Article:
Though I prefer to consume most content in RSS, some content only comes in newsletter form, or else there are breaking news alerts I want to track. Each of those goes into its proper folder based on the filters I setup (I sometimes even set these to "mark as read" if I know it's content I'll refer to later but don't care about in real time). When you do this, you will probably find there is one type of alert you need every day (such as breaking news on a client you are monitoring). In that case, you can route that alert to your main email so it will ping you on your mobile device. Break the newsletter addiction by separating them out, and find a blessed piece of sanity returned to you.
8. Experiment with a custom search engine on Google: If you use search frequently on certain topics, consider creating a custom search engine on Google. Here's a very simple one I made for diginomica.com. I also have a much more robust one that allows me to search all the enterprise sites I monitor (contact me if you want access to that one).
So, you may be wondering, "Why would I bother with a custom search engine?" Well, for a couple reasons. First, wouldn't it be cool to restrict your searches to a handful of sites that matter to you? With Google custom search, you can do that. But: you can do something with Google custom search you simply CAN'T do with regular Google search (or any other web search engine I've seen): you can sort the results by date instead of relevance. That's huge if you are looking for a piece that was published a month or two ago, or anything that is hiding from you in regular search results.
Or: if you are trying to understand the sequential flow of a breaking news story. Sorting by date is a powerful alternative to sorting by relevance. Especially for busy topics like "SaaS consulting". Try that one on a regular Yahoo or Google search and you'll see how ineffective that kind of search is, with old and questionable results dominating the listings.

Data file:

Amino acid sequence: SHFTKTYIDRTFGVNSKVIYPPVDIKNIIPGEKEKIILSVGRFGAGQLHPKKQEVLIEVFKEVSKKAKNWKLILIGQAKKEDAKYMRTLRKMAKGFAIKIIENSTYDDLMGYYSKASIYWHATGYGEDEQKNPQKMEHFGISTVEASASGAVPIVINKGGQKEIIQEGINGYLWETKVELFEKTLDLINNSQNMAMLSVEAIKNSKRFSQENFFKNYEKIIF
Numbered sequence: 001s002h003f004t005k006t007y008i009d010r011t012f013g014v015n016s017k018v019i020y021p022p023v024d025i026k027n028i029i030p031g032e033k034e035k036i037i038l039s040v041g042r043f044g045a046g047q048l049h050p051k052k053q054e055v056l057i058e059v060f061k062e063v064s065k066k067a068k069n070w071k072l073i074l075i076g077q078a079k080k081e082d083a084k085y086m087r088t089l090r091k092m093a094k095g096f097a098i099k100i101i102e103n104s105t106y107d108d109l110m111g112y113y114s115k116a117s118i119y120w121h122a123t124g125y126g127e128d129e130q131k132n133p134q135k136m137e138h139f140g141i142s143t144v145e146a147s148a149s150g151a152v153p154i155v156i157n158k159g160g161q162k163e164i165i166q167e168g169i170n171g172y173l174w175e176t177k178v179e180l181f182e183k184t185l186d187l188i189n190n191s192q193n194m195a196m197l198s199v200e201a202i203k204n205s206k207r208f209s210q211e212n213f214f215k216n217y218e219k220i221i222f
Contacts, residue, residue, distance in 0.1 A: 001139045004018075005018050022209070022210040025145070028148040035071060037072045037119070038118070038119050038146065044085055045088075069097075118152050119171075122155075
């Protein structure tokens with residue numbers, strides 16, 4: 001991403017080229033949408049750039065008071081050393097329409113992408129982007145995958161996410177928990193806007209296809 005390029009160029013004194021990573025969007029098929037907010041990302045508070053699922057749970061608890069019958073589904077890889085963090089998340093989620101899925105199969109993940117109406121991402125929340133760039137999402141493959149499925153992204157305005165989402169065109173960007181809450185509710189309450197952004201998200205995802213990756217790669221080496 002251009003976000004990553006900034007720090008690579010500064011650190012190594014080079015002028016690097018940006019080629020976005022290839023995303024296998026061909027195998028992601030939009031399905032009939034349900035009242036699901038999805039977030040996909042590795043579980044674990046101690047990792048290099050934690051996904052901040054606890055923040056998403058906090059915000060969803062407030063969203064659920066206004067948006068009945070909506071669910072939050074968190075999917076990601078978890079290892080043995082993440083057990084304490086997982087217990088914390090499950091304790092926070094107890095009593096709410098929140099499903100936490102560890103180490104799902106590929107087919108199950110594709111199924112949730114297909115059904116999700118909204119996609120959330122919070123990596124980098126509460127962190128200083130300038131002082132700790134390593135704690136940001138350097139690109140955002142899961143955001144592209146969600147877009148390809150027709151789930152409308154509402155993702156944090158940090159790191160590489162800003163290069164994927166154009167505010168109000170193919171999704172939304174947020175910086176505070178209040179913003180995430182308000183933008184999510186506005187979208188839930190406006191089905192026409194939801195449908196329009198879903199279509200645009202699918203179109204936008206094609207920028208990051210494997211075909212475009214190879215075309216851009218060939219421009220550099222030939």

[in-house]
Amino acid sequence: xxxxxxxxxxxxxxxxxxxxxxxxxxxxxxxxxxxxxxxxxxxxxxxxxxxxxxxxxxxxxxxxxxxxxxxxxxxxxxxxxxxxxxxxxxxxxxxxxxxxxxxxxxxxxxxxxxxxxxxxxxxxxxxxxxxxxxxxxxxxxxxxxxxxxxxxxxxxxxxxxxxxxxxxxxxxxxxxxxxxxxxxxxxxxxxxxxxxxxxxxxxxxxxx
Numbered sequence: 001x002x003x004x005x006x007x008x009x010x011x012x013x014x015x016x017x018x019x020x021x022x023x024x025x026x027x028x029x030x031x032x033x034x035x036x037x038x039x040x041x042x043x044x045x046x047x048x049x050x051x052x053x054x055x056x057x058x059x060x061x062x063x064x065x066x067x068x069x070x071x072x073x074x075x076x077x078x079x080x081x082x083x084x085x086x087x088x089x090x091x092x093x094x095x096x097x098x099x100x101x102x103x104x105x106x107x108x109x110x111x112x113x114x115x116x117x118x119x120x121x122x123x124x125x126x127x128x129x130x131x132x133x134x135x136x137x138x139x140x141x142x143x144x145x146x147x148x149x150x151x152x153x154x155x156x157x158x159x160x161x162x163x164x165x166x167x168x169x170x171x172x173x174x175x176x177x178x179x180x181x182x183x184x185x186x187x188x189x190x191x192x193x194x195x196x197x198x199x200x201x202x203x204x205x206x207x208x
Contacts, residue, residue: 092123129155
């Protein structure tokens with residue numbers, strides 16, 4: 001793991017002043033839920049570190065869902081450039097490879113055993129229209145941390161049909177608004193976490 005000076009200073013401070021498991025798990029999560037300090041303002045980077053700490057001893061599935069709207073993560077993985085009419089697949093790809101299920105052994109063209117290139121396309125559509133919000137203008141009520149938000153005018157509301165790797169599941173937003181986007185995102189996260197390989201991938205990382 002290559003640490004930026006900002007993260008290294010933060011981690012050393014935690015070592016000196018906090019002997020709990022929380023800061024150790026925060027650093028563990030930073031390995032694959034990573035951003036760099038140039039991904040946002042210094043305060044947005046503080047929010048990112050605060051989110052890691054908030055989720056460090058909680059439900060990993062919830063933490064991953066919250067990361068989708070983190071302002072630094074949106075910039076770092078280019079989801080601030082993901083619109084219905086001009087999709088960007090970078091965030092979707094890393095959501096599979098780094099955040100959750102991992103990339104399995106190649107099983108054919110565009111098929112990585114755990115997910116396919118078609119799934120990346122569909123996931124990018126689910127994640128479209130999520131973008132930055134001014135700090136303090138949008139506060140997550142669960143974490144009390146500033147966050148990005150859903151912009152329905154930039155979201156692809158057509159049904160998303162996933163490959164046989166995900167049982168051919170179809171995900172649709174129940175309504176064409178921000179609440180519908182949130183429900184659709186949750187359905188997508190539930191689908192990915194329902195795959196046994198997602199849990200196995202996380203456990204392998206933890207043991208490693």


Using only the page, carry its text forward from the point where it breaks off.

9. Spend time configuring Facebook and teaching the newsfeed what you like: No, you can't control Facebook's algorithm, and you can't force it to show you the stories you want to see the way you can now do on Google+. But, with some effort organizing friends into different types of groups, "liking" only the content you want to see more of, configuring your group memberships and business pages to show you all their updates (or not), and, perhaps, organizing some topical groups, you will find that Facebook shows you more of what you want and less of what is completely annoying. (See Den Howlett's post, Gaming Facebook for grown ups).
10. Prune and assess your LinkedIn groups: LinkedIn group memberships are still important for building new connections, but most of those groups are spam-filled or low value on a day-in, day out basis. Go into your LinkedIn group settings, and make sure the handful of groups that do have important discussions are set to ping you so you know when new posts come out. Then, make sure the less relevant groups are set to never bother you, or to send you a digest only once a week. Controlling LinkedIn notifications takes some time but it beats the heck out of all the noise LinkedIn will push into your notification stream otherwise. (See my post, 15 semi-useful tips for squeezing value from LinkedIn).
Your productivity tools are likely different than mine, but hopefully a couple of these will inspire you to take yours up a notch or try a different approach. As for conquering the digital worklife dilemmas that Fersht believes are taking us towards a productivity crisis, that's more than just a tools and tips conversation - we'll have to return to that one.
Note: this piece is part of an semi-regular diginomica series I am writing on productivity, filtering, and beating the noise.
Image credit: Business growth @ Minerva Studio - Fotolia.com
Disclosure: Phil Fersht is a fellow Enterprise Irregular, as is my diginomica colleague Phil Wainewright. Dignomica pays for the use of Google services, but the Google services I recommended in this post are all free. I still receive modest compensation from Google from AdSense running on JonERP.com, but recommend approaching a productivity investment in Google with caution, just as I would caution with Apple or Microsoft or any other platform.